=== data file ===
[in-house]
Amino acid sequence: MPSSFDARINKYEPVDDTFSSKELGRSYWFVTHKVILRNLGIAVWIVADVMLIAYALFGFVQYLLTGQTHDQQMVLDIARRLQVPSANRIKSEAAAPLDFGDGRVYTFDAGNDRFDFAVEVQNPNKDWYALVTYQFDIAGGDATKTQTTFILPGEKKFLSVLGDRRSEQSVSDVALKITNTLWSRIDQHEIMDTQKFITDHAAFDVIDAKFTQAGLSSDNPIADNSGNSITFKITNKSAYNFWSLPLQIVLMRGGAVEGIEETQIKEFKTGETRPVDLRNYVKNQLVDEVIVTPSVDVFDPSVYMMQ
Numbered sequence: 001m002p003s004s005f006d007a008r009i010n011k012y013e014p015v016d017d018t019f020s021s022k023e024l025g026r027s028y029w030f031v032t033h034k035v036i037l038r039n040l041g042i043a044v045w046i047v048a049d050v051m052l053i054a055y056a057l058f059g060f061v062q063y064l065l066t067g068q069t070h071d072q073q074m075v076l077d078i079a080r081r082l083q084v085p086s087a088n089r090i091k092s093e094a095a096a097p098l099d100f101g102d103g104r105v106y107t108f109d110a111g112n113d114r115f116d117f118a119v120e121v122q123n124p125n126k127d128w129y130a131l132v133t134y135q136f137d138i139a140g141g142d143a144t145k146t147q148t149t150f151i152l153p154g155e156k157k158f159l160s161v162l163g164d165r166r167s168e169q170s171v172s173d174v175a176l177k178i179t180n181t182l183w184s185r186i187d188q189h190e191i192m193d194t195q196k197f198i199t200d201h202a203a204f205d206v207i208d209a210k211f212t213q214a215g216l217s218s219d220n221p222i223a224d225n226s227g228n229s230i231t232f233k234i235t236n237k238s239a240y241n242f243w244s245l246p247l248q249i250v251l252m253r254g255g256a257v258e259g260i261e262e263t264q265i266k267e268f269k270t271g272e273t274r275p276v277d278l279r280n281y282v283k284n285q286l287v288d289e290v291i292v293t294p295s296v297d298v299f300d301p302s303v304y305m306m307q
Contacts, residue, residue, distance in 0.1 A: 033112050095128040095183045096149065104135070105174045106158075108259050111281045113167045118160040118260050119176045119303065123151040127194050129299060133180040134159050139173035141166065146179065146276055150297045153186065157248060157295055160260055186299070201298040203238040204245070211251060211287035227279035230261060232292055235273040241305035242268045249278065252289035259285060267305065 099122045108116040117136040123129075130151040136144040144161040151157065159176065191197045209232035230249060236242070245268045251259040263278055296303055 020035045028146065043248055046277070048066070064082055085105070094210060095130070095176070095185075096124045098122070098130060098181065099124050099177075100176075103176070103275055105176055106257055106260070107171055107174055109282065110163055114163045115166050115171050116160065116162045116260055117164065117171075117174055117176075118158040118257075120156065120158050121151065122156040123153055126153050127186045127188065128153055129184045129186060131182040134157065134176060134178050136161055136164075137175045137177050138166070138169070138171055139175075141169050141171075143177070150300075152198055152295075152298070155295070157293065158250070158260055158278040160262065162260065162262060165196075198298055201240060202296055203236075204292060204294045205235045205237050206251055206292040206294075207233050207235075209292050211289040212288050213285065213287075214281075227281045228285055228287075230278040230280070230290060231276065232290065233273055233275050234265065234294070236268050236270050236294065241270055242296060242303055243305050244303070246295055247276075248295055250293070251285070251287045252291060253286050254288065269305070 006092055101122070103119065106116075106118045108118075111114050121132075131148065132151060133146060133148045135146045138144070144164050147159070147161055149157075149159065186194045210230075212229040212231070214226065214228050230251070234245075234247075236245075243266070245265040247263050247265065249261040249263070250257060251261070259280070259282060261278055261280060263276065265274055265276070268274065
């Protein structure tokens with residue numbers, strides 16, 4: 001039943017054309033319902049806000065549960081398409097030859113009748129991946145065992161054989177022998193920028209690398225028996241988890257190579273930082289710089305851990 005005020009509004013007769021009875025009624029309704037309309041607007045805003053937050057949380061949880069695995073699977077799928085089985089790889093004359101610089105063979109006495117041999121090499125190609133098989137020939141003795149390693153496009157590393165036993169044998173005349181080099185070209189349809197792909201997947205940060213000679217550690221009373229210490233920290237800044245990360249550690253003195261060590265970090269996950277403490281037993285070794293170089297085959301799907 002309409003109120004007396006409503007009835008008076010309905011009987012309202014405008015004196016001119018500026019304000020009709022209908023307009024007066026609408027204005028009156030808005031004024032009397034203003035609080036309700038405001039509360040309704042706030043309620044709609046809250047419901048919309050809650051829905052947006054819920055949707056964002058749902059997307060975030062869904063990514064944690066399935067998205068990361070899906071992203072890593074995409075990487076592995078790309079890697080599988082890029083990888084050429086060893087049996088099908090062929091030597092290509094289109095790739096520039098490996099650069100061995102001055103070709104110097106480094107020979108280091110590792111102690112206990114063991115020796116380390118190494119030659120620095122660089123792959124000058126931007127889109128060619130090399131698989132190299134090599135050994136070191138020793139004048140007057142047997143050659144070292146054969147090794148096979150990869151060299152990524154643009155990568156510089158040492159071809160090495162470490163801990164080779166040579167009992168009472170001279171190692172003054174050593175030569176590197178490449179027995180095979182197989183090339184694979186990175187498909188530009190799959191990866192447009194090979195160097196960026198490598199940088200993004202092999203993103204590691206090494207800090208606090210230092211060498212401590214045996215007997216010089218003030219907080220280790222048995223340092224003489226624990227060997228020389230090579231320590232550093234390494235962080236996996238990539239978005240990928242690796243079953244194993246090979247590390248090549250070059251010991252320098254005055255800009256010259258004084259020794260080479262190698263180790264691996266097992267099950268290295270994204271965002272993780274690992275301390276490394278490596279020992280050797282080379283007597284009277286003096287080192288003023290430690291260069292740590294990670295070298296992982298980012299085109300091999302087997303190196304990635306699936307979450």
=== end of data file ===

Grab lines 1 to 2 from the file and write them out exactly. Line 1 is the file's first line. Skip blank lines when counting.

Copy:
[in-house]
Amino acid sequence: MPSSFDARINKYEPVDDTFSSKELGRSYWFVTHKVILRNLGIAVWIVADVMLIAYALFGFVQYLLTGQTHDQQMVLDIARRLQVPSANRIKSEAAAPLDFGDGRVYTFDAGNDRFDFAVEVQNPNKDWYALVTYQFDIAGGDATKTQTTFILPGEKKFLSVLGDRRSEQSVSDVALKITNTLWSRIDQHEIMDTQKFITDHAAFDVIDAKFTQAGLSSDNPIADNSGNSITFKITNKSAYNFWSLPLQIVLMRGGAVEGIEETQIKEFKTGETRPVDLRNYVKNQLVDEVIVTPSVDVFDPSVYMMQ